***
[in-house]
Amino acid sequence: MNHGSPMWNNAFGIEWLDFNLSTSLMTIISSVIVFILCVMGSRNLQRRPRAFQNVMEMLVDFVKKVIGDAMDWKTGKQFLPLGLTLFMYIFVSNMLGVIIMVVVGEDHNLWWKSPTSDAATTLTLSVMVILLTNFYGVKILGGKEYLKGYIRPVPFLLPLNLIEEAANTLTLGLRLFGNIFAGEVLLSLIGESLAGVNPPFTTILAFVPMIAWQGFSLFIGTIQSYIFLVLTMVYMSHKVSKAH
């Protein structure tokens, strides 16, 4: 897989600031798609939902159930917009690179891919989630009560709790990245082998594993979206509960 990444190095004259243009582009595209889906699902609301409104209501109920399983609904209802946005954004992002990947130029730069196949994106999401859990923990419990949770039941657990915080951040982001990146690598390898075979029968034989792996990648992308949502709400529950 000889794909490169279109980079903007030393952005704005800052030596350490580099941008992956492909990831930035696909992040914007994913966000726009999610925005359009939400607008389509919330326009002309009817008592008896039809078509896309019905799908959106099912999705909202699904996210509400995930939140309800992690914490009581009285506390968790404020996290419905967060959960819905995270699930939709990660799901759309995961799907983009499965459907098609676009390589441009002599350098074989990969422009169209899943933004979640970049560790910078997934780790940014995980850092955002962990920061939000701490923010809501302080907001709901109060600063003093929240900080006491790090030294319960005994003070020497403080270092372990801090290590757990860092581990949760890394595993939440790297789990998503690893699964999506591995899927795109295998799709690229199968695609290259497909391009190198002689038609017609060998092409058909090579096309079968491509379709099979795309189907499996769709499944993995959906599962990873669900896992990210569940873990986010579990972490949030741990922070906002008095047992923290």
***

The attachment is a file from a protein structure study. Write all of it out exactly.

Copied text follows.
[in-house]
Amino acid sequence: MNHGSPMWNNAFGIEWLDFNLSTSLMTIISSVIVFILCVMGSRNLQRRPRAFQNVMEMLVDFVKKVIGDAMDWKTGKQFLPLGLTLFMYIFVSNMLGVIIMVVVGEDHNLWWKSPTSDAATTLTLSVMVILLTNFYGVKILGGKEYLKGYIRPVPFLLPLNLIEEAANTLTLGLRLFGNIFAGEVLLSLIGESLAGVNPPFTTILAFVPMIAWQGFSLFIGTIQSYIFLVLTMVYMSHKVSKAH
């Protein structure tokens, strides 16, 4: 897989600031798609939902159930917009690179891919989630009560709790990245082998594993979206509960 990444190095004259243009582009595209889906699902609301409104209501109920399983609904209802946005954004992002990947130029730069196949994106999401859990923990419990949770039941657990915080951040982001990146690598390898075979029968034989792996990648992308949502709400529950 000889794909490169279109980079903007030393952005704005800052030596350490580099941008992956492909990831930035696909992040914007994913966000726009999610925005359009939400607008389509919330326009002309009817008592008896039809078509896309019905799908959106099912999705909202699904996210509400995930939140309800992690914490009581009285506390968790404020996290419905967060959960819905995270699930939709990660799901759309995961799907983009499965459907098609676009390589441009002599350098074989990969422009169209899943933004979640970049560790910078997934780790940014995980850092955002962990920061939000701490923010809501302080907001709901109060600063003093929240900080006491790090030294319960005994003070020497403080270092372990801090290590757990860092581990949760890394595993939440790297789990998503690893699964999506591995899927795109295998799709690229199968695609290259497909391009190198002689038609017609060998092409058909090579096309079968491509379709099979795309189907499996769709499944993995959906599962990873669900896992990210569940873990986010579990972490949030741990922070906002008095047992923290």